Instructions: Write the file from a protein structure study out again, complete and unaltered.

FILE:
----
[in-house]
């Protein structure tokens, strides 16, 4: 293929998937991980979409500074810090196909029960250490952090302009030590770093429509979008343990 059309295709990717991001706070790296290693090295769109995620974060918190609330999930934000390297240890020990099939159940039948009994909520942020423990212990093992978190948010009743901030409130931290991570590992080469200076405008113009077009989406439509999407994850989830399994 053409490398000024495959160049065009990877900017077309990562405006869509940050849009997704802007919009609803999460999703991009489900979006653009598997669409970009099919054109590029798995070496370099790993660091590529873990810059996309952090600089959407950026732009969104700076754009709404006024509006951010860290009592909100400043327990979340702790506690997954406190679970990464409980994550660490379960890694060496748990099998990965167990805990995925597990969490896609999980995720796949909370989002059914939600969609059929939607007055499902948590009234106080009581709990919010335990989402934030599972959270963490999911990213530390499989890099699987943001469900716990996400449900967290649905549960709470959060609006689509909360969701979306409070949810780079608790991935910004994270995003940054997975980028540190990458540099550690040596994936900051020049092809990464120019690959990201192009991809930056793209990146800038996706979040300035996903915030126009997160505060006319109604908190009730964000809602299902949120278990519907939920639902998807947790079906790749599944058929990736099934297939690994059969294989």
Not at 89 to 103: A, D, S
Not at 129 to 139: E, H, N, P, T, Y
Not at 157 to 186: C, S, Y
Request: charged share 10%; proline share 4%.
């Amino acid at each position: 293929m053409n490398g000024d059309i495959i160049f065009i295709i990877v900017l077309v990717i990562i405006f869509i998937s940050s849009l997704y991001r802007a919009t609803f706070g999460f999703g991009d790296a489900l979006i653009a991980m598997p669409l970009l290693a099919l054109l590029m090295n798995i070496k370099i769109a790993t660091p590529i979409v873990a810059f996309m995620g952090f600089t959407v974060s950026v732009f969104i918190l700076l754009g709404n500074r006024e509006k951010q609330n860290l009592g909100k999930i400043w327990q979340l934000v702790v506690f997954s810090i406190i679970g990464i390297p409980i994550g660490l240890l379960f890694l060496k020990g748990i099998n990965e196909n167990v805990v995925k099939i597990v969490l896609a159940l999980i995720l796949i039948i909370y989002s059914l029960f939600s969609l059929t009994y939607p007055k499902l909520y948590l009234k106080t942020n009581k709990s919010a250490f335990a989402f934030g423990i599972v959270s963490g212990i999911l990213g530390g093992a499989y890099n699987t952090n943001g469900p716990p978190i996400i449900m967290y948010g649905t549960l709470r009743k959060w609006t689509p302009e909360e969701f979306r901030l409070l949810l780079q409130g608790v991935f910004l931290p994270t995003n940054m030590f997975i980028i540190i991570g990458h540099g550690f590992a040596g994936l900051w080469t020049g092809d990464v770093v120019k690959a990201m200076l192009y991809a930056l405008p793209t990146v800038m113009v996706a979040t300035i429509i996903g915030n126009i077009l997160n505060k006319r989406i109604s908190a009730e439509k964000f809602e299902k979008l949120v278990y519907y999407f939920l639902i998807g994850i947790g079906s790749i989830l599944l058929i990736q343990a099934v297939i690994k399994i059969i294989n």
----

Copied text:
[in-house]
């Protein structure tokens, strides 16, 4: 293929998937991980979409500074810090196909029960250490952090302009030590770093429509979008343990 059309295709990717991001706070790296290693090295769109995620974060918190609330999930934000390297240890020990099939159940039948009994909520942020423990212990093992978190948010009743901030409130931290991570590992080469200076405008113009077009989406439509999407994850989830399994 053409490398000024495959160049065009990877900017077309990562405006869509940050849009997704802007919009609803999460999703991009489900979006653009598997669409970009099919054109590029798995070496370099790993660091590529873990810059996309952090600089959407950026732009969104700076754009709404006024509006951010860290009592909100400043327990979340702790506690997954406190679970990464409980994550660490379960890694060496748990099998990965167990805990995925597990969490896609999980995720796949909370989002059914939600969609059929939607007055499902948590009234106080009581709990919010335990989402934030599972959270963490999911990213530390499989890099699987943001469900716990996400449900967290649905549960709470959060609006689509909360969701979306409070949810780079608790991935910004994270995003940054997975980028540190990458540099550690040596994936900051020049092809990464120019690959990201192009991809930056793209990146800038996706979040300035996903915030126009997160505060006319109604908190009730964000809602299902949120278990519907939920639902998807947790079906790749599944058929990736099934297939690994059969294989």
Not at 89 to 103: A, D, S
Not at 129 to 139: E, H, N, P, T, Y
Not at 157 to 186: C, S, Y
Request: charged share 10%; proline share 4%.
């Amino acid at each position: 293929m053409n490398g000024d059309i495959i160049f065009i295709i990877v900017l077309v990717i990562i405006f869509i998937s940050s849009l997704y991001r802007a919009t609803f706070g999460f999703g991009d790296a489900l979006i653009a991980m598997p669409l970009l290693a099919l054109l590029m090295n798995i070496k370099i769109a790993t660091p590529i979409v873990a810059f996309m995620g952090f600089t959407v974060s950026v732009f969104i918190l700076l754009g709404n500074r006024e509006k951010q609330n860290l009592g909100k999930i400043w327990q979340l934000v702790v506690f997954s810090i406190i679970g990464i390297p409980i994550g660490l240890l379960f890694l060496k020990g748990i099998n990965e196909n167990v805990v995925k099939i597990v969490l896609a159940l999980i995720l796949i039948i909370y989002s059914l029960f939600s969609l059929t009994y939607p007055k499902l909520y948590l009234k106080t942020n009581k709990s919010a250490f335990a989402f934030g423990i599972v959270s963490g212990i999911l990213g530390g093992a499989y890099n699987t952090n943001g469900p716990p978190i996400i449900m967290y948010g649905t549960l709470r009743k959060w609006t689509p302009e909360e969701f979306r901030l409070l949810l780079q409130g608790v991935f910004l931290p994270t995003n940054m030590f997975i980028i540190i991570g990458h540099g550690f590992a040596g994936l900051w080469t020049g092809d990464v770093v120019k690959a990201m200076l192009y991809a930056l405008p793209t990146v800038m113009v996706a979040t300035i429509i996903g915030n126009i077009l997160n505060k006319r989406i109604s908190a009730e439509k964000f809602e299902k979008l949120v278990y519907y999407f939920l639902i998807g994850i947790g079906s790749i989830l599944l058929i990736q343990a099934v297939i690994k399994i059969i294989n």